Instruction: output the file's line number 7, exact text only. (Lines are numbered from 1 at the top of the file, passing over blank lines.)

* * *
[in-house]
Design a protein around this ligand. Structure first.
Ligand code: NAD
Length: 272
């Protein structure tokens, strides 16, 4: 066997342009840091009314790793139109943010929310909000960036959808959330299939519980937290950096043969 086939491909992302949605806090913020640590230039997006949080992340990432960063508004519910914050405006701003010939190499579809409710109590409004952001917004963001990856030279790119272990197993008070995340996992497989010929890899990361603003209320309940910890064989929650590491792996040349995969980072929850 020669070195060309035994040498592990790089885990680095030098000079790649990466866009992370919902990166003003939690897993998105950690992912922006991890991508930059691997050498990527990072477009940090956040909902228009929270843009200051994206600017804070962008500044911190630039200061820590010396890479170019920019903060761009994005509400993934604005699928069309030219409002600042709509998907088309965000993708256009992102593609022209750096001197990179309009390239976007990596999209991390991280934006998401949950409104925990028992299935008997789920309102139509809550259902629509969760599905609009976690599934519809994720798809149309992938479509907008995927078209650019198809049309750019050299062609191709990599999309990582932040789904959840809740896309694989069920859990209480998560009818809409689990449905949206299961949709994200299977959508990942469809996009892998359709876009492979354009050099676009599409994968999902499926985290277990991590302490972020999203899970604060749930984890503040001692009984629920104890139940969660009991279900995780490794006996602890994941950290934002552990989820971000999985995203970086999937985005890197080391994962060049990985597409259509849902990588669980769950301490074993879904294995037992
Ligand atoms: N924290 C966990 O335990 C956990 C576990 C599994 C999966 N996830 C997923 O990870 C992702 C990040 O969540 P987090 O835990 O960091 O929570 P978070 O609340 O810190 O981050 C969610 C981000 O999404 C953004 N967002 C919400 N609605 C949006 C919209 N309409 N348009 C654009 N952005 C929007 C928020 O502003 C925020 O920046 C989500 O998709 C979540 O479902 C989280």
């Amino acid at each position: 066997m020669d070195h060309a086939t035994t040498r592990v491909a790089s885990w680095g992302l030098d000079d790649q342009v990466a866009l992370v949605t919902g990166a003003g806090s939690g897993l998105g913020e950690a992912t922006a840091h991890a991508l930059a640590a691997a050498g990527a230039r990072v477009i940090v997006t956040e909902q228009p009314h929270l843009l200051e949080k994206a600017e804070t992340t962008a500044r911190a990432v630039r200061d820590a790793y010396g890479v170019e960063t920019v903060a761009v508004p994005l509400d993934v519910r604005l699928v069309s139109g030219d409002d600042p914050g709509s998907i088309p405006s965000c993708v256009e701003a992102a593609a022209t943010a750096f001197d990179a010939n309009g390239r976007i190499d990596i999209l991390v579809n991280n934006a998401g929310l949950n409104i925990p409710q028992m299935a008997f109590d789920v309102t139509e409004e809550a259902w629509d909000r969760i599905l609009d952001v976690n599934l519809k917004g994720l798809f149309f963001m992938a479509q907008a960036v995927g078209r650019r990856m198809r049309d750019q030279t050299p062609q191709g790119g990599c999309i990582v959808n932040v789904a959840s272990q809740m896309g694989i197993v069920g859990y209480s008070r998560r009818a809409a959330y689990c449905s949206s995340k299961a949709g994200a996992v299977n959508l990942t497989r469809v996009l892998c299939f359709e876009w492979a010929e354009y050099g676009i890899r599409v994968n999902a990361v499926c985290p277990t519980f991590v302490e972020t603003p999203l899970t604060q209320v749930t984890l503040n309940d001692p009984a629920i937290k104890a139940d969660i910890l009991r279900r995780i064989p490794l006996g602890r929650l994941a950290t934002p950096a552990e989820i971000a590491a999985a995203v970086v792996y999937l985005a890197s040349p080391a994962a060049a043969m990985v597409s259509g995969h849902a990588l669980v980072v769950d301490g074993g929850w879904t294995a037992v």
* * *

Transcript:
């Amino acid at each position: 066997m020669d070195h060309a086939t035994t040498r592990v491909a790089s885990w680095g992302l030098d000079d790649q342009v990466a866009l992370v949605t919902g990166a003003g806090s939690g897993l998105g913020e950690a992912t922006a840091h991890a991508l930059a640590a691997a050498g990527a230039r990072v477009i940090v997006t956040e909902q228009p009314h929270l843009l200051e949080k994206a600017e804070t992340t962008a500044r911190a990432v630039r200061d820590a790793y010396g890479v170019e960063t920019v903060a761009v508004p994005l509400d993934v519910r604005l699928v069309s139109g030219d409002d600042p914050g709509s998907i088309p405006s965000c993708v256009e701003a992102a593609a022209t943010a750096f001197d990179a010939n309009g390239r976007i190499d990596i999209l991390v579809n991280n934006a998401g929310l949950n409104i925990p409710q028992m299935a008997f109590d789920v309102t139509e409004e809550a259902w629509d909000r969760i599905l609009d952001v976690n599934l519809k917004g994720l798809f149309f963001m992938a479509q907008a960036v995927g078209r650019r990856m198809r049309d750019q030279t050299p062609q191709g790119g990599c999309i990582v959808n932040v789904a959840s272990q809740m896309g694989i197993v069920g859990y209480s008070r998560r009818a809409a959330y689990c449905s949206s995340k299961a949709g994200a996992v299977n959508l990942t497989r469809v996009l892998c299939f359709e876009w492979a010929e354009y050099g676009i890899r599409v994968n999902a990361v499926c985290p277990t519980f991590v302490e972020t603003p999203l899970t604060q209320v749930t984890l503040n309940d001692p009984a629920i937290k104890a139940d969660i910890l009991r279900r995780i064989p490794l006996g602890r929650l994941a950290t934002p950096a552990e989820i971000a590491a999985a995203v970086v792996y999937l985005a890197s040349p080391a994962a060049a043969m990985v597409s259509g995969h849902a990588l669980v980072v769950d301490g074993g929850w879904t294995a037992v």